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Mirages of International Justice

The Elusive Pursuit of a Transnational Legal Order Matthew Parish, Gentium Law Group Sàrl, Geneva, Switzerland
Since the end of the Cold War there has been an explosion of international courts and tribunals that sit apart from domestic legal systems, yet they are often woefully inadequate for their stated purposes. This book explores common problems across these courts, and applies a constructivist theory of international relations to explain their operation.
Extent: 288 pp
Hardback Price: £83.00 Web: £74.70
Publication Date: 2011
ISBN: 978 1 84980 408 0
Availability: In Stock
Paperback Price: £28.00 Web: £22.40
Publication Date: 2012
ISBN: 978 0 85793 116 0
Availability: In Stock
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  • Law - Academic
  • Criminal Law and Justice
  • Human Rights
  • Public International Law
  • International Economic Law, Trade Law
  • Politics and Public Policy
  • Human Rights
  • International Politics
Since the end of the Cold War there has been an explosion of international courts and tribunals that sit apart from domestic legal systems, yet they are often woefully inadequate for their stated purposes. This book explores common problems across these courts, and applies a constructivist theory of international relations to explain their operation.

Often established by states as signals of their commitment to moral values and political ideology, once created these courts find themselves trapped between the interests of the Great Powers. Some endure irrelevance, their judgements ignored. Yet more are unusably slow. Still others exhibit demonstrable political bias. Their common failings suggest that international law is not nearly as robust as it claims. The author skilfully shows that international courts are a species of international organisation, and share the same challenges of bureaucracy and unaccountability as have plagued the United Nations.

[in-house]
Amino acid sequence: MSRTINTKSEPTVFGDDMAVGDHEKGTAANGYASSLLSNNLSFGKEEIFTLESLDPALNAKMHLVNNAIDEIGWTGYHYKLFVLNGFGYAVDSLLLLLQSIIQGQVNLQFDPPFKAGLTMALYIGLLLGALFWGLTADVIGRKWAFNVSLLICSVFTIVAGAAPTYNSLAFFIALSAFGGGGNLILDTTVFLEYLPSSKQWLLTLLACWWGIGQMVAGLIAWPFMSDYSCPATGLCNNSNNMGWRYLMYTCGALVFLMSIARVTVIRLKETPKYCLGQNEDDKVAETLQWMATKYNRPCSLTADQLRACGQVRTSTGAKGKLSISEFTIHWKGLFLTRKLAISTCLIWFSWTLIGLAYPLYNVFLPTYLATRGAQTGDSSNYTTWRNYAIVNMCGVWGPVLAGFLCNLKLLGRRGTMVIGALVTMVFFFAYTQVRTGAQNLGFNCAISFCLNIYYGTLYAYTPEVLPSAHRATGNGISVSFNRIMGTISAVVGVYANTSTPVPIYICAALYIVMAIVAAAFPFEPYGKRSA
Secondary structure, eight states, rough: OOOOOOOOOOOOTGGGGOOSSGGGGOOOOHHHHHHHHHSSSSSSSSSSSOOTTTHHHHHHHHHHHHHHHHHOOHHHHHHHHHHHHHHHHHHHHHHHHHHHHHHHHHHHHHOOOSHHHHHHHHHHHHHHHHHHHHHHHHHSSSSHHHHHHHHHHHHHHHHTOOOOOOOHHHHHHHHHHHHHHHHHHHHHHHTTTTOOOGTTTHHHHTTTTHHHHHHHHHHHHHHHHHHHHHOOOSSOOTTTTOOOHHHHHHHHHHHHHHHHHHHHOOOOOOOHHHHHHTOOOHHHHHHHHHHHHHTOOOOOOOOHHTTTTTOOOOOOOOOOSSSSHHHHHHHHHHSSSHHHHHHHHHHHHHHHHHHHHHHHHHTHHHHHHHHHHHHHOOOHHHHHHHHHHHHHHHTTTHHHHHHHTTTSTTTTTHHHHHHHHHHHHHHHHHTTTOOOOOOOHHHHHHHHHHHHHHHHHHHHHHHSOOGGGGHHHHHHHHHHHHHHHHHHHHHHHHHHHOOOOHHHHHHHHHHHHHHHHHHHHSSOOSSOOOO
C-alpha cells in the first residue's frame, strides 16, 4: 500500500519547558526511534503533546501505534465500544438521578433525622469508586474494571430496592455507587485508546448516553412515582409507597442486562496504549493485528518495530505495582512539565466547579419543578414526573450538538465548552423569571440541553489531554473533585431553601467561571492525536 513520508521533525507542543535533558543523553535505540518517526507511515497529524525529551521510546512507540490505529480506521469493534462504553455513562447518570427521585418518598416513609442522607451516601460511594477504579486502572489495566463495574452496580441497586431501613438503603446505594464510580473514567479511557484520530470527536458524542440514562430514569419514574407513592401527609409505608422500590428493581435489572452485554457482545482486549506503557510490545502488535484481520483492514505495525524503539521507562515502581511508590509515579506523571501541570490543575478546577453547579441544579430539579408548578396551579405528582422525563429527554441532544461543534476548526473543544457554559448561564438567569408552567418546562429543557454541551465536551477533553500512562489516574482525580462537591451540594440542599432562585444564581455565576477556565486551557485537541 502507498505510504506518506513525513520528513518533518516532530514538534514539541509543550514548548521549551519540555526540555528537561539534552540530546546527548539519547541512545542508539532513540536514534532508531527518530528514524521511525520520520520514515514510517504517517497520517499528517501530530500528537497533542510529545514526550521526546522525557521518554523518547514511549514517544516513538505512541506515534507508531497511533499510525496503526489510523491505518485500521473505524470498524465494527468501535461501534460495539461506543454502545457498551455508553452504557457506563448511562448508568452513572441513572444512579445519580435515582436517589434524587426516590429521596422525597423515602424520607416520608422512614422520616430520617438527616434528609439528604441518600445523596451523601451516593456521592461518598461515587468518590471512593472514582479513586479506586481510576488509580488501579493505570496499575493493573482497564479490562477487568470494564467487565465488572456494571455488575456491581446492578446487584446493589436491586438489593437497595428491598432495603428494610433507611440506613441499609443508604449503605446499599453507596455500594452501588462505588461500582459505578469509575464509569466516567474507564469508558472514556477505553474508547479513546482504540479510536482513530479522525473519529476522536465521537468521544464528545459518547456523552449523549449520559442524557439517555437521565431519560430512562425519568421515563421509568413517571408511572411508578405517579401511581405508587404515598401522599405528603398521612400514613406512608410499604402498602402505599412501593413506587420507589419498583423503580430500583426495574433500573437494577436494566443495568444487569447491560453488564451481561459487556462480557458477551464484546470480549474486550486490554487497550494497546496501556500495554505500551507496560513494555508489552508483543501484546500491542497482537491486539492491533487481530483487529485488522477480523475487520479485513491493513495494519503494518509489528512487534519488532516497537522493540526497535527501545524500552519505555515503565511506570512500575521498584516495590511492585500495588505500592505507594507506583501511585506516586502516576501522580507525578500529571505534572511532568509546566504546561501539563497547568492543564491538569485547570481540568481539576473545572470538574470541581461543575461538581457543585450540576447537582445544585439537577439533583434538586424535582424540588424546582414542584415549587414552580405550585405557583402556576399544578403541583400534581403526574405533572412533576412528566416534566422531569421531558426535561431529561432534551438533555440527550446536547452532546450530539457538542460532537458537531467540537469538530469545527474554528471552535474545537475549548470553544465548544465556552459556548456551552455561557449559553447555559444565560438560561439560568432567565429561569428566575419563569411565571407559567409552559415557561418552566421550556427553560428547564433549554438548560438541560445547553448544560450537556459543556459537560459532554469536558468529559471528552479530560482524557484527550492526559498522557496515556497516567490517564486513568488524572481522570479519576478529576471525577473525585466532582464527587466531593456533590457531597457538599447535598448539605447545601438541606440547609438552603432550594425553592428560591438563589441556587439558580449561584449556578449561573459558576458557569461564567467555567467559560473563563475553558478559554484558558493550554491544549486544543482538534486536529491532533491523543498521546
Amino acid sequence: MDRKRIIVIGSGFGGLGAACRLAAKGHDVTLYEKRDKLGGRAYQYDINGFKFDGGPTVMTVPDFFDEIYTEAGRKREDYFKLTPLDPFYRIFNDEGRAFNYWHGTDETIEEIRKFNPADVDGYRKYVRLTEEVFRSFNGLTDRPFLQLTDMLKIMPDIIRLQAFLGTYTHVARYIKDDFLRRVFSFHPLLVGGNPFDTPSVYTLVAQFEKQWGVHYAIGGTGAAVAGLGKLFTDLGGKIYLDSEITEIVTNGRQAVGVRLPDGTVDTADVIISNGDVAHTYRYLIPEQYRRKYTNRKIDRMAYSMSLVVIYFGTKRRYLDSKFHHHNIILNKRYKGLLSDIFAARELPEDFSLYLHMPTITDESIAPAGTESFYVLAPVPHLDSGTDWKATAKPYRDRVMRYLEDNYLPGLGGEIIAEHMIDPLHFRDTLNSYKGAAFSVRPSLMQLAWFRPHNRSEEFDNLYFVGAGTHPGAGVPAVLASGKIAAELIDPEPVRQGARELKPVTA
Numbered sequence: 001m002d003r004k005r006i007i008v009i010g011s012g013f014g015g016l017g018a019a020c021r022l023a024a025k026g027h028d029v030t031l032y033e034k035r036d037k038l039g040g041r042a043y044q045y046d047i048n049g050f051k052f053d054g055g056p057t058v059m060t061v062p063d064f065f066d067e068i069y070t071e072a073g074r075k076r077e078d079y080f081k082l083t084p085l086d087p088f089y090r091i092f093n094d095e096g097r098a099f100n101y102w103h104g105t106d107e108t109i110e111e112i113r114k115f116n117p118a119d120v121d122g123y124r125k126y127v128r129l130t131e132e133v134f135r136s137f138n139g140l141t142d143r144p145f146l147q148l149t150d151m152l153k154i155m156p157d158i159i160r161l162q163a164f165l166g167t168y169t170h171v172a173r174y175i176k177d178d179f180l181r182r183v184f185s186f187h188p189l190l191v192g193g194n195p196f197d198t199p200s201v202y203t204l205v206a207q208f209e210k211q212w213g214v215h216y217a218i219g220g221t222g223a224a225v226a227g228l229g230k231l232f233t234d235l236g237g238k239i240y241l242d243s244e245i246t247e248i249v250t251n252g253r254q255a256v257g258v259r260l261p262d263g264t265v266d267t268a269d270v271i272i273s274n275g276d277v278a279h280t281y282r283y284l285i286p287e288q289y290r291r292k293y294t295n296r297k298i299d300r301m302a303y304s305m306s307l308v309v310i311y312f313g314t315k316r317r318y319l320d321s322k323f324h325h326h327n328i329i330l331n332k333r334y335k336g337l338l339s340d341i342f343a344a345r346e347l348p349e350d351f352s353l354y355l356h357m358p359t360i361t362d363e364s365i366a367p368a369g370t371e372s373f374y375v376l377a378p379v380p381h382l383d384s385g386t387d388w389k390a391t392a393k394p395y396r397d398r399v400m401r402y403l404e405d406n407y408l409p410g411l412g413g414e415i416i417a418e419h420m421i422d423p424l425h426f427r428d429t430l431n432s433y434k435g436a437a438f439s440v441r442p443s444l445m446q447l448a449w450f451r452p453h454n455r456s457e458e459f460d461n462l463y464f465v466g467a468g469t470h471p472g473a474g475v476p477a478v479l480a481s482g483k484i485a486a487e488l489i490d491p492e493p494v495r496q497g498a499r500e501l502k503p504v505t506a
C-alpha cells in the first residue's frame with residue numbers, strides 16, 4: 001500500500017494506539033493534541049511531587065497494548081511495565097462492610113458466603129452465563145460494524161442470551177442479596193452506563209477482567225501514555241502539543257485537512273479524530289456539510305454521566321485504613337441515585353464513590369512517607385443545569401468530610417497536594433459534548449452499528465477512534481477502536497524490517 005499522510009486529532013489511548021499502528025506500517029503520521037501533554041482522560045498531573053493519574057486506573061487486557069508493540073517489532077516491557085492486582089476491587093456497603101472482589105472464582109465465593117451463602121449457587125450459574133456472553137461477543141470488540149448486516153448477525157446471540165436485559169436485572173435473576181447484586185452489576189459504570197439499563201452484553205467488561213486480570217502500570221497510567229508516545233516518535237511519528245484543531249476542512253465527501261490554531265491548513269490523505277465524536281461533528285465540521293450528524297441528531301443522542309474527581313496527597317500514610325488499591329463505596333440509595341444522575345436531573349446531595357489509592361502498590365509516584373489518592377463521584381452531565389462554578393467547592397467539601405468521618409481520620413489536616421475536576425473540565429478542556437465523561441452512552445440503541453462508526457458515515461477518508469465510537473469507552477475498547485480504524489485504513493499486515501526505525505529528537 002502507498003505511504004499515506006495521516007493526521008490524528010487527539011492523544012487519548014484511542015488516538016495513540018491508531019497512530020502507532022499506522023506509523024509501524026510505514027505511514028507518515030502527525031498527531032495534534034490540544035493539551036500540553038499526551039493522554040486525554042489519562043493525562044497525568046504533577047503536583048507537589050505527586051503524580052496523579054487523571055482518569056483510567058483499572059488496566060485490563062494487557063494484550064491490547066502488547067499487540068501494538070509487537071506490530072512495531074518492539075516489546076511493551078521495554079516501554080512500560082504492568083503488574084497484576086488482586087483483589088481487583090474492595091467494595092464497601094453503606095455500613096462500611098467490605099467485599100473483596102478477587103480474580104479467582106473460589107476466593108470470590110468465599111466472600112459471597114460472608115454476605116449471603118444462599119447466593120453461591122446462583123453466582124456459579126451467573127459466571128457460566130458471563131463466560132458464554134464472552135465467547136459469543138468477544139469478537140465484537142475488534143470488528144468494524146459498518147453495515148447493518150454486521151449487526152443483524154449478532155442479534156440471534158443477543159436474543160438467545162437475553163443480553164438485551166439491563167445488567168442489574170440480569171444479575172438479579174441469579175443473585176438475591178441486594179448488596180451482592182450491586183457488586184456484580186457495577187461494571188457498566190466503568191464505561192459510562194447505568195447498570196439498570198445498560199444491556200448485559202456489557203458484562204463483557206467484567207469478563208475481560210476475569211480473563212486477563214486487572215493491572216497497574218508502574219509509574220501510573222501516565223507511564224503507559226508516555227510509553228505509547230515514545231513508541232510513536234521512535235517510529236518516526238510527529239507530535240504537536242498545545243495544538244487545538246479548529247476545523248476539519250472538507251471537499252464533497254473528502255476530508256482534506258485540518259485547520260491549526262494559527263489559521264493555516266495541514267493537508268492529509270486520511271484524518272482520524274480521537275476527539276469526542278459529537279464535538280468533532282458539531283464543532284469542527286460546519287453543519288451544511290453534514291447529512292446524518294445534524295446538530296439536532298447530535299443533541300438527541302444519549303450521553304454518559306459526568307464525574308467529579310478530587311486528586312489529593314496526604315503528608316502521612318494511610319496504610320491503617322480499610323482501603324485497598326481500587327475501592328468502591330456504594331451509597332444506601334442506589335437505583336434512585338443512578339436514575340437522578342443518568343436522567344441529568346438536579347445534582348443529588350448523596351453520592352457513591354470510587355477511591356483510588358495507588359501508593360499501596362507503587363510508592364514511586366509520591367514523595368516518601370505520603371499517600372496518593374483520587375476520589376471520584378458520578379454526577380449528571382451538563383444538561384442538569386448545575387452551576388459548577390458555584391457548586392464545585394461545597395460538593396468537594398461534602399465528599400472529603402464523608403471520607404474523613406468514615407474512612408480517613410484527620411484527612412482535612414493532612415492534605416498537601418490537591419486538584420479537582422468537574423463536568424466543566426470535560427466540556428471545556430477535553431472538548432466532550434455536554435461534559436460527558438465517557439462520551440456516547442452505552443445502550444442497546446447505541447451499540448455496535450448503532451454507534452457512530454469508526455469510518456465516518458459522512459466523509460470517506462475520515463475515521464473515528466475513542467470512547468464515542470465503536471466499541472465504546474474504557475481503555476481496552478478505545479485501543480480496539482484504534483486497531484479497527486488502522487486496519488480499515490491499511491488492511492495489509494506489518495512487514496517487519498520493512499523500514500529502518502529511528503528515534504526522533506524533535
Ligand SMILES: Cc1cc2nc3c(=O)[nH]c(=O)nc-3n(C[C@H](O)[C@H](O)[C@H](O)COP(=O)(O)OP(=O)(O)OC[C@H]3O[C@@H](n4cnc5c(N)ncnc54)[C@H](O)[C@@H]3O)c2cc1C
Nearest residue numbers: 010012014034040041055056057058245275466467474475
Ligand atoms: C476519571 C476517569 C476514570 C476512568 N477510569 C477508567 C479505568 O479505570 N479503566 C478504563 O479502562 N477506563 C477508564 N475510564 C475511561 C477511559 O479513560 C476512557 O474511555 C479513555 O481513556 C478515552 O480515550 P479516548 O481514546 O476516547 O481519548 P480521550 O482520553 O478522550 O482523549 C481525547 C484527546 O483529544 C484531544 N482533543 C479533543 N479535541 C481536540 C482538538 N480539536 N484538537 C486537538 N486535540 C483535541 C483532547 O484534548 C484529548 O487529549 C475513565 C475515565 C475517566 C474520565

Mirages of International Justice will be of particular interest to scholars and practitioners interested in critiques of the European Court of Human Rights, the World Trade Organisation, investment treaty arbitration, the EU courts, the international criminal courts, the International Court of Justice and public international law in general. Students of international relations and advocates for reform of international organisations will also learn much from this insightful study.
‘This is an excellent book. Matthew Parish is an impressively qualified lawyer. . . it is perhaps only someone with such a background who could write a book as insightful and intelligent about international law and the international organisations who purport to administer it.’
– Troy Anderson, Law Society Journal

‘This is a book of unusual power and insight. Parish’s deconstruction of the illusory promise of international justice may make uneasy reading but it is a necessary addition to the literature in this field.’
– David Chandler, University of Westminster, UK and Editor of the Journal of Intervention and Statebuilding

‘This book issues the latest blast against the crumbling battlements of the cloud-fortress of international law. Meticulous, engaging, and forcefully written, the book offers little consolation for defenders amid the ruins.’
– Eric Posner, University of Chicago Law School, US
Contents: Preface 1. Mirages 2. International Law: The Legacy of the Twentieth Century 3. Irrelevant Courts for Important Disputes 4. International Criminal Law: Victors’ Justice or an Interminable Machine? 5. Protecting Foreign Capital Flows: Who Released the Genie? 6. Self-spite in the Regulation of International Trade 7. The Arid Promises of International Human Rights 8. The Allure of Judicial Trusteeship in the European Union Experience 9. The Future of an Illusion Index